Source to Sea, there’s trash everywhere to pick up
Annual river cleanup set for Saturday
Recorder/Paul Franz Ray Purington is one of the organizers of the SourceTo Sea clean up on Sat Oct 5 holds a tire that was discarded along a river rd in Millers Falls. Purchase photo reprints »
MILLERS FALLS — Who litters? Do-it-yourself mechanics, copper thieves, gardeners, enthusiasts of liquor, beer, sports drinks, tea, coffee; nearly every proclivity is represented in the refuse currently abandoned by the side of the road in a short stretch by the Millers River.
Cleaning up after this cross-section of humanity is the self-appointed responsibility of the Source to Sea river cleanup volunteers.
Ray Purington, also Gill’s town administrator, is one of a handful of volunteers who scout locations for the annual cleanup and coordinate the effort covering Gill, Erving, Montague and East Deerfield, one facet of the multi-state cleanup.
Along a hundred yards or so of Newton Street, Purington points out bottles, cans, tires, most of a television, a lot of broken glass and, lying in a collection of potting soil and rags, a bucket of what may be animal feces.
This street, secluded and wooded, is one of many popular with people dumping trash. This year it looks like there should be one truckload to haul away, he said, and it has consistently provided one or two truck loads in years past.
Also in evidence are packets of tea and coffee, plastic bags, a collection of plastic coating stripped from copper wire — with a few scraps of the less valuable aluminum wire left behind — and innumerable single-shot nip bottles.
Volunteers to pick up these items, and many others like them, as well as volunteers with pickup trucks to transport the refuse to the Montague Transfer Station are still needed for the Oct. 5 cleanup.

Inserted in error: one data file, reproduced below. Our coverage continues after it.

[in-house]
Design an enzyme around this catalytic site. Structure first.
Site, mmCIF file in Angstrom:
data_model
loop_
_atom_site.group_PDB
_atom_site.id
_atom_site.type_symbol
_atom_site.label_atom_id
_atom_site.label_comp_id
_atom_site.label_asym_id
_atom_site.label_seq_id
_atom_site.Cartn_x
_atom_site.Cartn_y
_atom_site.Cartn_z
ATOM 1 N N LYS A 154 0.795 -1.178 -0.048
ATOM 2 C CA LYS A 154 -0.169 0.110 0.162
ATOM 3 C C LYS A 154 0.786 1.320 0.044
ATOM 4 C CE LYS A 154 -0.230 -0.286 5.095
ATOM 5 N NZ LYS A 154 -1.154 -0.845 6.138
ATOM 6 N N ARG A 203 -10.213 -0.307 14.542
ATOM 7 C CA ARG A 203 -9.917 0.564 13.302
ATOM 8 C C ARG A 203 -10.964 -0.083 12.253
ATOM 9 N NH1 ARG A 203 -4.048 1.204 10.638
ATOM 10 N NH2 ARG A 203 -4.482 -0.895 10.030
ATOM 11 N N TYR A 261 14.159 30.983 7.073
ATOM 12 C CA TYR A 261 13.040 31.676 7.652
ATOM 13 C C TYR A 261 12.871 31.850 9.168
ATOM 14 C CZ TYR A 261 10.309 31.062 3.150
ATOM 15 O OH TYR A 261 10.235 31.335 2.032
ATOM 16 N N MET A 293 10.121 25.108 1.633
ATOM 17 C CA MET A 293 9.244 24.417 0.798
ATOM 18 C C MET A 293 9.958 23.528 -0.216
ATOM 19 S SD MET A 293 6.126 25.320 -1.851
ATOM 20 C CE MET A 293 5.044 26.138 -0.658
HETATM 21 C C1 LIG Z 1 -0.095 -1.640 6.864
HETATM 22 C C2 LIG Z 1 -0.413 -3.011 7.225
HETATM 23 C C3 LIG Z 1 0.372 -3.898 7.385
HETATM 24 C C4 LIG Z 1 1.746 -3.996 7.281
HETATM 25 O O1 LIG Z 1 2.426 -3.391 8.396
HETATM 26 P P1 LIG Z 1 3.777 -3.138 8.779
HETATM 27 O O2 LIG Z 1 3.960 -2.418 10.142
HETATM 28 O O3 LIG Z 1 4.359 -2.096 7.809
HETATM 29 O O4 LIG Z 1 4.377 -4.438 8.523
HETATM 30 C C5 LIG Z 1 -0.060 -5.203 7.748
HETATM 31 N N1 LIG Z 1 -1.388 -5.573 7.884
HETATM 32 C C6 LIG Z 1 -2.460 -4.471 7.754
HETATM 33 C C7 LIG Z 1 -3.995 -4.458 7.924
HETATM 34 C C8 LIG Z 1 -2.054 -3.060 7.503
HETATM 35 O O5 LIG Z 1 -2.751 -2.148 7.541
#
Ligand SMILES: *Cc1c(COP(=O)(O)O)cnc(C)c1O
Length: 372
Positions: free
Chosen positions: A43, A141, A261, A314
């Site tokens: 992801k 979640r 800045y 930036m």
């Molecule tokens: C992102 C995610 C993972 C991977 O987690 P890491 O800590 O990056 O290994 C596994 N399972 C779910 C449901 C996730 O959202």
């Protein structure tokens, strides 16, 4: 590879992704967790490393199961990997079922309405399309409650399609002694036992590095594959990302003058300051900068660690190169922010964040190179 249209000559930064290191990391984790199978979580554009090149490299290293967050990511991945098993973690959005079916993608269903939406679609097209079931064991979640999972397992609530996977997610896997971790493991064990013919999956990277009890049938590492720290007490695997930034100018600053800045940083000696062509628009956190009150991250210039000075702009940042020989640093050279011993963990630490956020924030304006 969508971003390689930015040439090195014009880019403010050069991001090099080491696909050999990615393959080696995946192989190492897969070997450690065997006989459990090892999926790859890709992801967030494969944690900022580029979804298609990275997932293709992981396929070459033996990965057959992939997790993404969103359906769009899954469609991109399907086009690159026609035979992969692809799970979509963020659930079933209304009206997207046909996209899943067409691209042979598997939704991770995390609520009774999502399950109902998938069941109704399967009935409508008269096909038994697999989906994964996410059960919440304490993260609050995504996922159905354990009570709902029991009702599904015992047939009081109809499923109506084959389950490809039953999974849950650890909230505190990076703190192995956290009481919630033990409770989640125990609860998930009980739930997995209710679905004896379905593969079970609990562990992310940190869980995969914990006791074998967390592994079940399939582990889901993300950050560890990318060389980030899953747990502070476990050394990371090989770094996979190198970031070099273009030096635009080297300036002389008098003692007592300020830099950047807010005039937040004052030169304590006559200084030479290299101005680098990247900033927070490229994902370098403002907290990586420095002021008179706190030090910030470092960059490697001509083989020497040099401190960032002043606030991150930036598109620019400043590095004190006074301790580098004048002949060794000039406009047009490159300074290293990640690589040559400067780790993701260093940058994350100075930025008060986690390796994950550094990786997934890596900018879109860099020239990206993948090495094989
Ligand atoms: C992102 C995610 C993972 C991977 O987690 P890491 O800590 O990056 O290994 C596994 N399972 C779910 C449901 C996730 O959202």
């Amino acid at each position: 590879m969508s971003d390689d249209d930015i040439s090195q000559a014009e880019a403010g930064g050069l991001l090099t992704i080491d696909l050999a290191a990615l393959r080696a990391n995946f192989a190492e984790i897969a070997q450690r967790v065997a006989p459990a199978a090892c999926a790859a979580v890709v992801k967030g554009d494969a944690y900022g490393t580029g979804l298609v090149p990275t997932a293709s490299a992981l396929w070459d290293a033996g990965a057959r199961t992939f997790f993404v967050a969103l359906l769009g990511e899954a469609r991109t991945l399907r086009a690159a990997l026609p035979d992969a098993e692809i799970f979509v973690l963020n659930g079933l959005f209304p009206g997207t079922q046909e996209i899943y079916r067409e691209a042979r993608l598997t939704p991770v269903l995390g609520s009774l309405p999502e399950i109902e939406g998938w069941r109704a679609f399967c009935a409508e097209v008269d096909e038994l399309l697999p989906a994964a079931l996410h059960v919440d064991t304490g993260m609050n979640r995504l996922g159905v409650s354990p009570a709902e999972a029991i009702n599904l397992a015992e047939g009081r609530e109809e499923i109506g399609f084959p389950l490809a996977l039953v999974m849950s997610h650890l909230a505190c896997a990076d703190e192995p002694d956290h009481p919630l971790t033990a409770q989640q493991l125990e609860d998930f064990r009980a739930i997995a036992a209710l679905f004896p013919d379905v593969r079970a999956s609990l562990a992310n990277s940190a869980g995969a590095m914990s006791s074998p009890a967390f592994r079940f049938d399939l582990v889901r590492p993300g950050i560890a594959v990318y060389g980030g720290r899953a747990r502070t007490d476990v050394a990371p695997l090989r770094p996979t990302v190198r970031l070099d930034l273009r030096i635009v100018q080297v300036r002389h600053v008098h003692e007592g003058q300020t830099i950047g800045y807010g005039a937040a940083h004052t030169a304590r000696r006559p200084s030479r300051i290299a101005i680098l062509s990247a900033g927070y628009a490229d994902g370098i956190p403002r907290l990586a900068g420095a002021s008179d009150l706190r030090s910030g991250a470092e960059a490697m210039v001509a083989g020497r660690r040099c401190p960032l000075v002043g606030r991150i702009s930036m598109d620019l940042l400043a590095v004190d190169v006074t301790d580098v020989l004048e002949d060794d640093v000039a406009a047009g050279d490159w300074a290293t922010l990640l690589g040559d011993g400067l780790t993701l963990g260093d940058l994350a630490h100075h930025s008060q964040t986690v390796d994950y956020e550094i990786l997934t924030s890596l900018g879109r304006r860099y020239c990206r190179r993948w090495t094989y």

This is one of 15 to 20 sites in the area covered by the volunteers meeting at the Great Falls Discovery Center in Turners Falls.
The cleanup stretches principally along the Connecticut River, but local organizers view it differently.
“We interpret it as a little broader: everything is part of a watershed somewhere,” Purington said.
The river banks themselves aren’t easily accessible in many areas to trash dumpers or cleanup volunteers, so volunteers clean where the trash is.
There are areas of the Connecticut where trash is known to wash up, and these will be targeted by boat. Purington said organizers try to match volunteers to sites, families with young children will be assigned to safe and accessible spots, others to the challenging areas.
Franklin County Technical School students in the landscaping and horticulture program typically handle the steep bank by the French King Bridge with ropes.
This is the 17th year of the effort locally. Over the past 16 years, 3,108 volunteers have filled 33.5 30-cubic-yard trash receptacles with litter from the Gill, Montague, Erving and associated areas alone, including approximately 18 tons of tires, according to organizer Elizabeth Bazler, not counting the Greenfield and Northfield area collections.
How to sign up
To sign up for the Oct. 5 cleanup in the Gill, Montague, East Deerfield and Erving area, call 800-859-2960 or email email@example.com. The cleanup ties up a few hours, from 9 a.m. to noon, and includes snacks. To register for cleanups elsewhere in the watershed, call 860-704-0057 or email firstname.lastname@example.org.
You can reach Chris Curtis at:
or 413-772-0261, ext. 257